Thursday, April 18, 2013

April 18, 2013 Former Judge Baumgartner "Ready" To Do Prison Time

Although he has appealed his federal conviction on charges of misprision of a felony to the Sixth Circuit Court of Appeals, disgraced former Knox County Criminal Court Judge Richard Baumgartner has decided to go on and serve the 6-month prison sentence that was meted out by U.S. District Judge Ronnie Greer.

Baumgartner was convicted in November 2012 of multiple counts of misprision of a felony for lying to officials to cover up his mistress's drug dealing.  His mistress Deena Castleman was a graduate of Baumgartner's Drug Court. In addition to supplying Baumgartner himself with pills, she was involved in a prescription painkiller network.

Baumgartner eventually resigned from the bench during a probe of his activities. In the state case, Baumgartner admitted to charges of official misconduct, received diversion, and was able to keep his $4900/month state pension.

The subsequent federal conviction resulted in loss of his state pension. Baumgartner is appealing the decision by the state retirement system (TCRS) to take his pension away. Click here.

The News-Sentinel has a report and links to other information here.

Previous blog posts are here.

Thursday, April 11, 2013

April 11, 2013 Former Criminal Court Judge Baumgartner Sentenced to Six Months in Prison

Former Knox Criminal Court Judge Richard Baumgartner was in Federal District Court in Greeneville yesterday.

He sat there as the Defendant, convicted of five felonies and awaiting sentencing.
He told the Judge that his conduct was "pathetic."

His attorneys maintained that the public shame and loss of his pension were punishment enough for the Judge who used his mistress to obtain pills and then lied to cover up his actions--all the while sitting on the bench presiding over criminal trials in Knox County and sentencing others to jail or prison.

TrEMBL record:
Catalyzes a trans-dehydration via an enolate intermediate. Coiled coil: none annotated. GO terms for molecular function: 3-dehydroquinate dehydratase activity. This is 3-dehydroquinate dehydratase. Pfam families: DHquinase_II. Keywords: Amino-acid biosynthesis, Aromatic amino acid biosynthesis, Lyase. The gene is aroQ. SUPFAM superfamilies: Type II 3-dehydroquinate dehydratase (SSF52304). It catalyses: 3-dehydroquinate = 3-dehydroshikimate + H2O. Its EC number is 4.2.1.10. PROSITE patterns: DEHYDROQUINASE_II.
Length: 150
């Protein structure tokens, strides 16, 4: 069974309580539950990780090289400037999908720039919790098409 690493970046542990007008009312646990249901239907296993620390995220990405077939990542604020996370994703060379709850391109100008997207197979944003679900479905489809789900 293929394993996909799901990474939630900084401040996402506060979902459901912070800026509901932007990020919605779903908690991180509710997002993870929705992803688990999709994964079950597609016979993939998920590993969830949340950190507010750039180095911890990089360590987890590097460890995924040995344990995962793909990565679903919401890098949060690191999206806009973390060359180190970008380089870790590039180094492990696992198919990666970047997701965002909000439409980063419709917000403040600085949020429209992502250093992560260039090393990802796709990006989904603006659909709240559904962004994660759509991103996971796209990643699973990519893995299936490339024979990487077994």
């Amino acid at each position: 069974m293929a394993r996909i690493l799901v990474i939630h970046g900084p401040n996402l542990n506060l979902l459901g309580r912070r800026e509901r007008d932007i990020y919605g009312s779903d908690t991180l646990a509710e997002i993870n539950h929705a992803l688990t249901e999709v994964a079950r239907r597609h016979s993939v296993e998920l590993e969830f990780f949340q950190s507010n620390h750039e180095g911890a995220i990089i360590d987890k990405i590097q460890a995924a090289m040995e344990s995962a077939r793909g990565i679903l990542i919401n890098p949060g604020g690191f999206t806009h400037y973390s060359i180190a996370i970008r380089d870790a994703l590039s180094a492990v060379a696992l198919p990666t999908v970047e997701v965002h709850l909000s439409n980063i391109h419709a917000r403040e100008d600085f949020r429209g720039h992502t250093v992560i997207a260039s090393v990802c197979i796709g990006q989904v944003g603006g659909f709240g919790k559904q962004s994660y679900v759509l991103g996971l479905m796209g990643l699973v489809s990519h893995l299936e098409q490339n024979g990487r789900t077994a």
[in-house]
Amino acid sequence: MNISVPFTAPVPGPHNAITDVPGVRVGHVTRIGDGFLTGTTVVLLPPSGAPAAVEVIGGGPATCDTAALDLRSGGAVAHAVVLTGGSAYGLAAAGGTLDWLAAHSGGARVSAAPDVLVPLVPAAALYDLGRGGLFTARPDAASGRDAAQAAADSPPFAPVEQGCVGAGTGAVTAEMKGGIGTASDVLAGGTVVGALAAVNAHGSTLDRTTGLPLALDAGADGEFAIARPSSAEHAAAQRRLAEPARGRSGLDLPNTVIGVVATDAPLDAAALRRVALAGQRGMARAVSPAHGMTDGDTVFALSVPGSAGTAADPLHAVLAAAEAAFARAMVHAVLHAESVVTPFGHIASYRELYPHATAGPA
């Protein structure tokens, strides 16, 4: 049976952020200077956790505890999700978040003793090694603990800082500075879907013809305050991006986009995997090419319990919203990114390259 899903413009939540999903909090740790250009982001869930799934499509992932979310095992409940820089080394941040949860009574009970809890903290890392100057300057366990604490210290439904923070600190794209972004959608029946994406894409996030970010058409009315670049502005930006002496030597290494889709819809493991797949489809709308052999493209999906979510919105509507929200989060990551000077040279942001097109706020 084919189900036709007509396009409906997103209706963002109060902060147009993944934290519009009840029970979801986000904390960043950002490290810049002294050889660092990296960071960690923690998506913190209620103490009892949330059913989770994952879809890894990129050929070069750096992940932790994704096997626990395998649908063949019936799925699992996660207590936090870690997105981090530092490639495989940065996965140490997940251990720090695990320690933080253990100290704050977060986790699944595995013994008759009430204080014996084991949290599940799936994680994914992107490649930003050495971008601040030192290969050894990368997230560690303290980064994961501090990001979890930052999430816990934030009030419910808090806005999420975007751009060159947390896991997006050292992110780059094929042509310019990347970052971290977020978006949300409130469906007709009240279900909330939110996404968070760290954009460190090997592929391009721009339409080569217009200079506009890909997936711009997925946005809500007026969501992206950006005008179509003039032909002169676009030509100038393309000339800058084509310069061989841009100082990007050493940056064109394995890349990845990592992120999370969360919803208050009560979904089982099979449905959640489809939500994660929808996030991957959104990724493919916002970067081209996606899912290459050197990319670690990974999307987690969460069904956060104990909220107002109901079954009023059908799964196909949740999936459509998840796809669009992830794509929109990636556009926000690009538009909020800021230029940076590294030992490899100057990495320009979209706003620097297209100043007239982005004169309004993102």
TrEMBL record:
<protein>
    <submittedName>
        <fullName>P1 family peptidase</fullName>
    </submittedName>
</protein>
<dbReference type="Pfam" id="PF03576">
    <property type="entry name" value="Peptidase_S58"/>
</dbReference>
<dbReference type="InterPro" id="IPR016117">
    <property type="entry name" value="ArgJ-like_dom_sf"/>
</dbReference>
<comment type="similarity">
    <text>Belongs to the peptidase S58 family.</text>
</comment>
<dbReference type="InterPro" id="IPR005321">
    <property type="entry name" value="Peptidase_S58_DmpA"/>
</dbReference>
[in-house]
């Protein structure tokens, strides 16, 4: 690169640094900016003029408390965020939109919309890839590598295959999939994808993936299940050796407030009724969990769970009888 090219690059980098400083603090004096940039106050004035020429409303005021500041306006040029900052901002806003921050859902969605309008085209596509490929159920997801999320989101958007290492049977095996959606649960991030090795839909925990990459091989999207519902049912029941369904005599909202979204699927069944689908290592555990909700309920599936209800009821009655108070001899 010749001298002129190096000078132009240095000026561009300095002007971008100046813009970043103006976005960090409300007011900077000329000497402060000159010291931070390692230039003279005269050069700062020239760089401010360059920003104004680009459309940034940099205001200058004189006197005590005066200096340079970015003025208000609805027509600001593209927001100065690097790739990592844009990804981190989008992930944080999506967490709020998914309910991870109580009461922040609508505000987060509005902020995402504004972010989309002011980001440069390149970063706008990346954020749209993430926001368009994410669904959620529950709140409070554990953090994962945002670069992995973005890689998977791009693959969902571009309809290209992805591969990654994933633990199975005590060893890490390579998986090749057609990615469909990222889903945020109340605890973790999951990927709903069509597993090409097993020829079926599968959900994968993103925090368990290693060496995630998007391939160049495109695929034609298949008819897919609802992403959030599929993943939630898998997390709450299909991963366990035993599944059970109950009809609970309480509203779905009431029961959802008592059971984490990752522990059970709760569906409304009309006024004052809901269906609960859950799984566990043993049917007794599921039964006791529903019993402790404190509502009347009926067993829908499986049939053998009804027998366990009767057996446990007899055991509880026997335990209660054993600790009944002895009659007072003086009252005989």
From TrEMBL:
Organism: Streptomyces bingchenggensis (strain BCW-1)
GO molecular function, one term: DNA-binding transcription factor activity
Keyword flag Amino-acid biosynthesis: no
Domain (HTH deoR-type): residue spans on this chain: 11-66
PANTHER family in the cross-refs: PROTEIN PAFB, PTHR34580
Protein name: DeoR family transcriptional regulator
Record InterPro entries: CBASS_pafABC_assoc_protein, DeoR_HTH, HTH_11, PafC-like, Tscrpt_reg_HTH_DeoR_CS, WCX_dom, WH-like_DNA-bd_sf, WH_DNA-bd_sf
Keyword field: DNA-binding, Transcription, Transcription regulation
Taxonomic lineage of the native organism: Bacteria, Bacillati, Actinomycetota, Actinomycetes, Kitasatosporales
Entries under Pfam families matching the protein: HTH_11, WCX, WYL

Federal prosecutors pushed for at least two years in prison, citing the chaos and costs and toll on the lives of the victims and families of victims of cases over which Baumgartner presided.

The Knox News-Sentinel has the story here
The Sentinel also has a video history here.

For a recap of prior posts on the saga of Richard Baumgartner, click here.

Wednesday, April 03, 2013

April 3, 2013 Federal Prosecutors in Baumgartner Case Seek "At Least" Two Years Prison TIme

Disgraced former Knox Criminal Court Judge Richard Baumgartner got off light in the state prosecution of his pill usage while sitting on the bench--diversion and no loss of his state pension.

Then the feds came calling, and Baumgartner was charged and convicted on federal charges of misprision of a felony for lying and trying to cover up and protect his mistress Deena Castleman, a graduate of Baumgartner's Drug Court, who was supplying Baumgartner himself with drugs.  As a result of the federal convictions, Baumgartner lost his state pension--which he has appealed.

In recent court filings, federal prosecutors are pushing for prison time on the federal convictions. The filing by the federal prosecutors in federal district court in Greeneville is here. The first 2-3 pages sum up the position of the prosecution--that high profile, educated, well-connected defendants often have educated, well-connected friends who write letters of support in criminal prosecutions. These same well-connected defendants have often held important positions and have made significant contributions to their community.

But, according to the prosecutors, "...none of that changes what Defendant did and the harm his conduct has caused.... as Defendant sees things, his prior employment and educational pedigree are mitigating factors. The opposite is true...."  Prosecutors quote from a Sixth Circuit case: "[w]e do not believe criminals with privileged backgrounds are more entitled to leniency than those who have nothing left to lose." 

Baumgartner's sentencing hearing is scheduled for April 10.

The News-Sentinel story is here.

[On a personal note, thank you to those who called to prod me to get back to blogging. I have been very busy the last two months, but I will try to get back in the swing of blogging more regularly about local, area, and state news!]